Magic Systems in Fantasy and Science Fiction

So, I just shared an article I posted today! It was a very enthusiastic review/recommendation of S. Kelley Harrell’s Runic Book of Days, which I strongly recommend to baby witches or pagans on the rise in norse shamanism, but ultimately, this is a blog about my progress as novelist and I’d like to discuss my thought process and construction of magic in my fantasy/scifi story. Rune magick has helped me with my confidence as a person, but definitely gave me inspiration as a writer.

Primarily there are two magic systems in this genre: hard and soft. My novel, Spirit Strings: Initiation, actually fixates on these systems because one is praised while the other is considered dangerous and I have my protagonist decide the truth of these magical systems for herself. The use of rune magick in my story, although they aren’t the Elder Futhark (yet? lol), would be considered part of the hard system, I think. Two videos immediately came to mind and I think if you’re reading this as a fantasy writer, you’ll definitely benefit from watching them. A YouTuber known as Hello Future Me made a concise video on the soft and hard magic systems. If you’re trying to figure out what direction you want to take with your magic system, I recommend giving them a listen. He’s quite silly, but I think he explained the systems wonderfully.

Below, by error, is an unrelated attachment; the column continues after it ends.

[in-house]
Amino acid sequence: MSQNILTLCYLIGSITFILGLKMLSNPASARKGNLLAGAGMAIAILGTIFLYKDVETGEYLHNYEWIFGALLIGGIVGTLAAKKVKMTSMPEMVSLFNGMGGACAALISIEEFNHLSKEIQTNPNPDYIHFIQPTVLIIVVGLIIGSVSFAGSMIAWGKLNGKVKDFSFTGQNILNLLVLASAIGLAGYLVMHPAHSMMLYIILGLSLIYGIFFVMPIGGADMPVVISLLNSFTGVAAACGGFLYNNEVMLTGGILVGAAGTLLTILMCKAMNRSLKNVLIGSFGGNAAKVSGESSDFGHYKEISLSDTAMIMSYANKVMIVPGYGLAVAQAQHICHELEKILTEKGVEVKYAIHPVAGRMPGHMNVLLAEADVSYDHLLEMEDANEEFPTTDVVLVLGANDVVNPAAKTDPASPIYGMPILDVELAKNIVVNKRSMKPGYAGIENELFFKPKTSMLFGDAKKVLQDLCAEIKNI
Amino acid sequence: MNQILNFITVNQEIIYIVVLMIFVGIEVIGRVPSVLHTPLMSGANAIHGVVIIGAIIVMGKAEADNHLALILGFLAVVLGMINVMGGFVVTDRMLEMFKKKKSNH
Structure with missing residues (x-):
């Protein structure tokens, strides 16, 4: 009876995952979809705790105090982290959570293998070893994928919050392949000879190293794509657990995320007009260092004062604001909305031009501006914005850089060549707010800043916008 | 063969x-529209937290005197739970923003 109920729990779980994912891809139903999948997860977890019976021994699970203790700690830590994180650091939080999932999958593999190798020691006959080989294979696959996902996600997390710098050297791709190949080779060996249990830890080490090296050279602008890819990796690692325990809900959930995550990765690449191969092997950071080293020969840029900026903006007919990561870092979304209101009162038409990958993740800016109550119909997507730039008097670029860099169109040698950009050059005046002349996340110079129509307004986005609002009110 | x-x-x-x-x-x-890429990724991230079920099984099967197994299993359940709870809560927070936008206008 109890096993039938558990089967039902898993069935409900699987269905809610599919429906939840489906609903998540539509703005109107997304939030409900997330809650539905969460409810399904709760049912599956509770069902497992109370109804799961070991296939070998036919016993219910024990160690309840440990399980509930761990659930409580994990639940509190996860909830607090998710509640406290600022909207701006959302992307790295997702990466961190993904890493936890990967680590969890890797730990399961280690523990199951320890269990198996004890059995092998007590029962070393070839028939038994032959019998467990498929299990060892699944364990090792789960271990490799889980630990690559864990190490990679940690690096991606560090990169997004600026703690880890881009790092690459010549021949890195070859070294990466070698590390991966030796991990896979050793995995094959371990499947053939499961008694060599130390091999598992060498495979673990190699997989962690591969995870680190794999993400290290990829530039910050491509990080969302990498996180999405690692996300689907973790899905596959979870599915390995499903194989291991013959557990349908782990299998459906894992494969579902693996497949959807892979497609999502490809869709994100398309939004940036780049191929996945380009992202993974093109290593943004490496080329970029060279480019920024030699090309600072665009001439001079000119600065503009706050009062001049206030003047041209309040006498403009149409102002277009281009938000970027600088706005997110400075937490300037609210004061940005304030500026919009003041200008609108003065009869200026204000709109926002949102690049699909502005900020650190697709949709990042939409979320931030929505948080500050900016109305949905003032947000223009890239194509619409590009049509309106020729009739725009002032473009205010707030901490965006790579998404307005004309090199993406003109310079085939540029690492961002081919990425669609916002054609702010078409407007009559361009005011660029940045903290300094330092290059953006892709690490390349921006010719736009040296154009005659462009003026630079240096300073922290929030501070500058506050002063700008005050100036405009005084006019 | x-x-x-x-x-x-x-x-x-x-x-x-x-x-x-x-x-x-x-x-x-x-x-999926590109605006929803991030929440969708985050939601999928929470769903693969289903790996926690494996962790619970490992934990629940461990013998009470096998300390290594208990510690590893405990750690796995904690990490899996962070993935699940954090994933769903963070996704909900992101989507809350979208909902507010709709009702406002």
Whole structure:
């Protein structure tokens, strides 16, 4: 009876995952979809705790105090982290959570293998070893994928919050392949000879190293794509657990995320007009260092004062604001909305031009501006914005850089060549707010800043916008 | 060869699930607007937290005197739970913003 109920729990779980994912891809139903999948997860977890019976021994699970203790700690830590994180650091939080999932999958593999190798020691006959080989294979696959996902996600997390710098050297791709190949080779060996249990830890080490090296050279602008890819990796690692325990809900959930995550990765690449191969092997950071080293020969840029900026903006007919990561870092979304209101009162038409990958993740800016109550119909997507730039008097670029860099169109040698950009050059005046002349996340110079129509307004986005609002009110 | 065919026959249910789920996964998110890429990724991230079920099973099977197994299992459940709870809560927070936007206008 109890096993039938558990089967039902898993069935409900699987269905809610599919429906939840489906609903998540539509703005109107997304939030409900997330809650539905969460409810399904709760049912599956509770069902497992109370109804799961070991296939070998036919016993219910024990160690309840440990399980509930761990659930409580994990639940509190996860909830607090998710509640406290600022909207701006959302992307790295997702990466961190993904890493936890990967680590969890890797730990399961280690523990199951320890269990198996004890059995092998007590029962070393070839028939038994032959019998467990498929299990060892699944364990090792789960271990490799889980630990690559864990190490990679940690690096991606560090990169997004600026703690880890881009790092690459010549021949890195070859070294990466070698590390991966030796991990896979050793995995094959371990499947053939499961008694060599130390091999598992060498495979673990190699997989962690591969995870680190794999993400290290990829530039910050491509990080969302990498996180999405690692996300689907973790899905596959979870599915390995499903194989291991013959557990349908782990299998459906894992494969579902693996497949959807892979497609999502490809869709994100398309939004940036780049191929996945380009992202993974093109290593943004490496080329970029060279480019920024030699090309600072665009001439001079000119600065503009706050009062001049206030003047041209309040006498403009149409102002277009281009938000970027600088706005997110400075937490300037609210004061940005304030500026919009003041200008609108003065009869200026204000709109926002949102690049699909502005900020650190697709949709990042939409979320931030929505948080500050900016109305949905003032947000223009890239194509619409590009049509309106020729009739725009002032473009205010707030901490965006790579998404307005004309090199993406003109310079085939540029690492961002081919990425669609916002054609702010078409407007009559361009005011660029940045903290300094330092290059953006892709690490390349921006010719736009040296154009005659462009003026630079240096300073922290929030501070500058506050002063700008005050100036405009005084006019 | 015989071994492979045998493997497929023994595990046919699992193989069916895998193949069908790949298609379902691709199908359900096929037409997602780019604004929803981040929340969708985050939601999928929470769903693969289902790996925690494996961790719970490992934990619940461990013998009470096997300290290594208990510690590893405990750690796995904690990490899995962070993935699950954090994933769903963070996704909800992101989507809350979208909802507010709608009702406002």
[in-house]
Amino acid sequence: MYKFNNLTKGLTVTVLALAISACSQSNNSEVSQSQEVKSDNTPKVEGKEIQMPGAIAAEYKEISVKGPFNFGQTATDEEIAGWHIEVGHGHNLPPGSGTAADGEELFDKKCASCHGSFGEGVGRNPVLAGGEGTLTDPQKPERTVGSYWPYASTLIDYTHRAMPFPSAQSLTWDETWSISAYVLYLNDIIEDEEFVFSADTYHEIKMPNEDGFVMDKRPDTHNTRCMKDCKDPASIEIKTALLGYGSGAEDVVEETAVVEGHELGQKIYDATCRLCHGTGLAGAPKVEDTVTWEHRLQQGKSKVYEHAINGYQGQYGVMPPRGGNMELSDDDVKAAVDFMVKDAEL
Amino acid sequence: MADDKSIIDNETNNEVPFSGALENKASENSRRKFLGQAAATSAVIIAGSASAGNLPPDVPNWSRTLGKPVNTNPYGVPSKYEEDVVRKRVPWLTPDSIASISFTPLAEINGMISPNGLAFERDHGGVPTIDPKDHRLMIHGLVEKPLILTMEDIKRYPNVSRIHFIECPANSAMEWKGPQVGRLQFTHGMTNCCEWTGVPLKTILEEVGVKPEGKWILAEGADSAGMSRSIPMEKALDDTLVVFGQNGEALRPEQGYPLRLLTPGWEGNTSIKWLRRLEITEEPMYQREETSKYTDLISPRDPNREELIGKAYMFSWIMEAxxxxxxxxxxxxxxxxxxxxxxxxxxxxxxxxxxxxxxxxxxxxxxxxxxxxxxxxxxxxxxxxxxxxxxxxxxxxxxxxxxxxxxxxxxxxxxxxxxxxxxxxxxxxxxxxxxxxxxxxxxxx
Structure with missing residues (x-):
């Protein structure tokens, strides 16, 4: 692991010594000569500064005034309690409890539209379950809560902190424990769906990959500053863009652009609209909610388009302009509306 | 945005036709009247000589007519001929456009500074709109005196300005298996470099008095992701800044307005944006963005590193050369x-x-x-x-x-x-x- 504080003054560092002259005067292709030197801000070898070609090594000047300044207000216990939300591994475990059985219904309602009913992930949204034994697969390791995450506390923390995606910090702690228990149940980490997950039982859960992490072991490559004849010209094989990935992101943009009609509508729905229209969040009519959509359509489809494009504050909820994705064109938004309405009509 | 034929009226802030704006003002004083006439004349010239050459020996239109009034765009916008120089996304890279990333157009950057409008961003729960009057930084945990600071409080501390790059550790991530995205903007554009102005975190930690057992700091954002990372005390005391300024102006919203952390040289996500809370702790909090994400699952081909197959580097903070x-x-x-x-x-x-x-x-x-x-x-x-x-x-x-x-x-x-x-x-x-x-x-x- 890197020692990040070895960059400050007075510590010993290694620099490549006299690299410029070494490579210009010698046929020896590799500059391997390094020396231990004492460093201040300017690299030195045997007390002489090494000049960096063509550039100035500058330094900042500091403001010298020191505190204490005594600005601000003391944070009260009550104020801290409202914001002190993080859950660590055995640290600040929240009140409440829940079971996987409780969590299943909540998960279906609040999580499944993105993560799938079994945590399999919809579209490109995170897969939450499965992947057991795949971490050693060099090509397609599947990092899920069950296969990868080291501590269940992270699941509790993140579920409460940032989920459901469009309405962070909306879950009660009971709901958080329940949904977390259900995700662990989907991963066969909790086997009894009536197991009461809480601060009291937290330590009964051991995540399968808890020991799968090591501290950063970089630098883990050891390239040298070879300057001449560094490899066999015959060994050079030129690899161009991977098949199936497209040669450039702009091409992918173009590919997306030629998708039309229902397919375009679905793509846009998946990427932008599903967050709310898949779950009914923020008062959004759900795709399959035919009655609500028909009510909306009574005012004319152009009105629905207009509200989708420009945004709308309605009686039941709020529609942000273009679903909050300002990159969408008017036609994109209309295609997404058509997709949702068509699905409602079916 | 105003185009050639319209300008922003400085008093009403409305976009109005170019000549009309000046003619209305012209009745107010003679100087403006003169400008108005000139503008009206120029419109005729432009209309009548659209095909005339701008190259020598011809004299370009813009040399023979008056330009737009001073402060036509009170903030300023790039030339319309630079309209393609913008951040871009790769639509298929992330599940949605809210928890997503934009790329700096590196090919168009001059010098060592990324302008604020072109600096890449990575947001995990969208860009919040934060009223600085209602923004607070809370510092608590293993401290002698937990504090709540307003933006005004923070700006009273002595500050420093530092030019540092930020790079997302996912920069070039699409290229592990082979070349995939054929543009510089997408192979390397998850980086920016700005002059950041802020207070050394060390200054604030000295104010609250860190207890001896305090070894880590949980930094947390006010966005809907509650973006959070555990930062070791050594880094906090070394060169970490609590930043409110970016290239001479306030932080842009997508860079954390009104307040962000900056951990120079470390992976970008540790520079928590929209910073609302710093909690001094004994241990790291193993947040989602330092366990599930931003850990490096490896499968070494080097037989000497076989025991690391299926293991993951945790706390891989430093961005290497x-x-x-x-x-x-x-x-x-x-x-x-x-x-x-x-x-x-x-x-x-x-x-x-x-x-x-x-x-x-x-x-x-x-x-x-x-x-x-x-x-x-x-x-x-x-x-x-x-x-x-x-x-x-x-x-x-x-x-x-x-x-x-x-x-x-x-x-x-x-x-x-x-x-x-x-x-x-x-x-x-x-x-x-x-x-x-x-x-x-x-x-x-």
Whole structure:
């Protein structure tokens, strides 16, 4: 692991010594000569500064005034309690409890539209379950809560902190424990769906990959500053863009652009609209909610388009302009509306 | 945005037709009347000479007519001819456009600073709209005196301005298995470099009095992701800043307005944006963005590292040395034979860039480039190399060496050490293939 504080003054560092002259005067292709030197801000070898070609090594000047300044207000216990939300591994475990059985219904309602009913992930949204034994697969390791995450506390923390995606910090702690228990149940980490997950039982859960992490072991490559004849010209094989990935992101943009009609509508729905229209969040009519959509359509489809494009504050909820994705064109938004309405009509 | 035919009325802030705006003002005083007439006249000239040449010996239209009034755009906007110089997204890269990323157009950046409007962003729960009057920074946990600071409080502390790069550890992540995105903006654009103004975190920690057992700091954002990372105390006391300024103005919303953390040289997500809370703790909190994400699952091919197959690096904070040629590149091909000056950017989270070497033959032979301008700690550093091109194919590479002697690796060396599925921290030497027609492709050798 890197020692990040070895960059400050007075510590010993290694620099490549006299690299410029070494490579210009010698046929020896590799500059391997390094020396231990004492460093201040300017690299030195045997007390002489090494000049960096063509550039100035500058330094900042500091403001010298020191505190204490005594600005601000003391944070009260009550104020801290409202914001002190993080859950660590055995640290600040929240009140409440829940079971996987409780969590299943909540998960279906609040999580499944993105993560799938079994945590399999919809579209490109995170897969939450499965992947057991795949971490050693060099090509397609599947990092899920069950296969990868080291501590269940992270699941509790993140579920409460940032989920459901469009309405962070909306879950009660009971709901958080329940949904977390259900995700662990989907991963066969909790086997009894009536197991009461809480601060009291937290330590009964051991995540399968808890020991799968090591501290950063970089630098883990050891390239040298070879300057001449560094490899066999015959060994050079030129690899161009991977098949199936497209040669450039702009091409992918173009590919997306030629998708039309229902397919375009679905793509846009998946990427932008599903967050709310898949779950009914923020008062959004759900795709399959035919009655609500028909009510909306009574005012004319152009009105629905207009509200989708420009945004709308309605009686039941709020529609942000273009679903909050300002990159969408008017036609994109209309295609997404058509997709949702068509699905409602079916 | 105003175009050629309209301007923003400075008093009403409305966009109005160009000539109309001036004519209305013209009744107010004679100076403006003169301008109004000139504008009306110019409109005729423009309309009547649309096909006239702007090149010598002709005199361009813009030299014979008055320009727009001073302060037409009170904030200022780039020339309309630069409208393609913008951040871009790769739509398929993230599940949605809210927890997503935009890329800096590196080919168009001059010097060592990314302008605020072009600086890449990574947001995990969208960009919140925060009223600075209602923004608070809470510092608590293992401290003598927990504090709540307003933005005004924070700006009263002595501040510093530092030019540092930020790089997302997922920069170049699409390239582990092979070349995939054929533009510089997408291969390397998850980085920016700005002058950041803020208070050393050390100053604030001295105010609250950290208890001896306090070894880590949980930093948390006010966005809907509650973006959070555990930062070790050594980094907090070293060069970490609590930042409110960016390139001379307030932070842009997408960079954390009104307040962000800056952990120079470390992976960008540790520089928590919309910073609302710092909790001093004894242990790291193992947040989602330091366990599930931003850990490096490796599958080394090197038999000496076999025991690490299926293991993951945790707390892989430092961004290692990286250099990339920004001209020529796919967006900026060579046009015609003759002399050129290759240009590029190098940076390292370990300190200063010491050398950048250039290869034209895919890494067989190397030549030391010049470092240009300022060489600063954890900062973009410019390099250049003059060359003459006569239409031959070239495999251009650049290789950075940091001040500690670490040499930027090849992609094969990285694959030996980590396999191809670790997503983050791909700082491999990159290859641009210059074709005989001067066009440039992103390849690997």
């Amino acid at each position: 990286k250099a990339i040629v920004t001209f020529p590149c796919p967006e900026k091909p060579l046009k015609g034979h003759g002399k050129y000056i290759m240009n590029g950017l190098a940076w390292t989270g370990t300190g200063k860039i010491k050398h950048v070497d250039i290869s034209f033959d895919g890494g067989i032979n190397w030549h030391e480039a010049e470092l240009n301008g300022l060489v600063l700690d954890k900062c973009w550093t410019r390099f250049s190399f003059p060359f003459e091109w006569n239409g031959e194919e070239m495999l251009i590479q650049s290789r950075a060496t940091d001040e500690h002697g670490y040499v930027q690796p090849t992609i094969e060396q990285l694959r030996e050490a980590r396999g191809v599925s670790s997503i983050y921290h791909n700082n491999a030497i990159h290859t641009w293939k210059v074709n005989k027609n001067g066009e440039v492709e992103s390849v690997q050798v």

He really likes Brandon Sanderson doesn’t he? It’s understandable because these rules within the two magic systems bring a really nice foundation in fantasy world building. Sanderson goes into even more detail on his website, and I’m certainly thinking about checking out his publications on Kindle.

Anyway, conflict, cooperation, and consequence are essential in a story’s plot; if your story has magic, following the Sanderson laws is a good place to start. For my story, I really wanted the use of magic to be a controversial and stressful topic because the ability to wield it lives in everyone and facing the responsibility of using magic can be twisted into either oppression or empowerment. That is commonly seen in fantasy, of course, but I’m striving to go beyond character development. I want a psychological shift in my characters and I want my audience to wonder who’s going to snap, this way, as I reference Sanderson’s first law, my audience’s understanding of magic won’t bring a detrimental effect to the plot whether they want or expect hard magic or soft magic. As an Edgar Allan Poe fan, my knowledge of the supernatural, paranormal, and psychology wasn’t expansive when I was introduced to his work, but I was still allured by his writing because I connected to his commonly used first-person narrative voice. He wanted me to be right beside him while he experienced what terrified him. Audiences understand fear, stress, and other very common human instances. So when it comes to the magic system, yes, it’s important to have those foundational laws and thorough world building, which I’m definitely aiming for, but as I write, I want the magic system to be fueled by strained perceptions. I want the “cost” in hard magic to feel like suffocation. I want the “sense of wonder” in soft magic to reflect falling helplessly into the dark unconscious, the abyss of the psyche.

I want this because maybe you and others have ventured there before. I certainly did while working with rune magick guided by The Runic Book of Days. In my article, I spoke about the springtime, but in my novel series, you’ll get a glimpse of my bittersweet winter. I’m not trying to be edgy; just being honest. I relish in the fact that I trudged through my cold unconscious and survived. I still visit from time to time enthusiastically.

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